The process of the present invention may be carried out in a conventional chemical vapor deposition (CVD) system such as a cold wall reactor or series of reactors. For example, the refractory metal nitride layer may be deposited and the layer surface treated with gas plasma in one chemical vapor deposition chamber, and then the aluminum may be deposited on the substrate in another chamber. As is conventional, the chemical vapor deposition process may be carried out at pressures of from about 100 torr down to about 0.1 millitorr, and preferably from about 0.1 to 5.0 torr. Such systems are designed to treat one or more semiconductor wafer substrates at a time. The substrate is heated to a temperature of between about 50° to 500° C., and most preferably from about 150° to 200° C., for example, by an electrical resistance heater on which the substrate is mounted. Other known methods of heating the substrate may also be utilized.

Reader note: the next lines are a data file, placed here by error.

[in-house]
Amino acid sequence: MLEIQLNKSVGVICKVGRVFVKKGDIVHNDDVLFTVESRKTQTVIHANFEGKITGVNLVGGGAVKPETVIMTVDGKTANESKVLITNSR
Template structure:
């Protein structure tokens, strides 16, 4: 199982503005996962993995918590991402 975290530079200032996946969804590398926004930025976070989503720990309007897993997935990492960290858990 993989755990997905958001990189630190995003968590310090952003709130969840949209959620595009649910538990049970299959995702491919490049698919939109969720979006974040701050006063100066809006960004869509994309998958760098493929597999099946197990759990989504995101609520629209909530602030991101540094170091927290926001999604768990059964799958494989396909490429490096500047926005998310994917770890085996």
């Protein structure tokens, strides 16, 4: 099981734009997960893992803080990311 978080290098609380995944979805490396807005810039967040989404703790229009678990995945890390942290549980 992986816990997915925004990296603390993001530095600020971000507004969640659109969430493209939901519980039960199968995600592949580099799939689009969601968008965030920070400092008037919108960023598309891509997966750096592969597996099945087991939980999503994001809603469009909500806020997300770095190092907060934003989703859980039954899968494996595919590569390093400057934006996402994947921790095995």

A typical semiconductor substrate contains thereon one or more active devices and one or more layers of metal, oxides, barrier layers, and the like. The process of the present invention is applicable to any semiconductor device in which there is a need to deposit a smooth, conformal conductive metal film over a refractory metal nitride layer and to fill a via, contact, or trench opening whose walls are covered with a refractory metal nitride layer.
Referring to FIG. 1, and solely for the purpose of aiding in the understanding of the process of the present invention, a semiconductor device 10 is shown. It will be understood by those skilled in this art, however, that the process of the present invention is applicable to a variety of semiconductor devices and at various stages of fabrication. As shown in FIG. 1, substrate 12 may be, for example, a silicon wafer. A relatively thick layer of an insulating silicon dioxide 14 overlies substrate 12.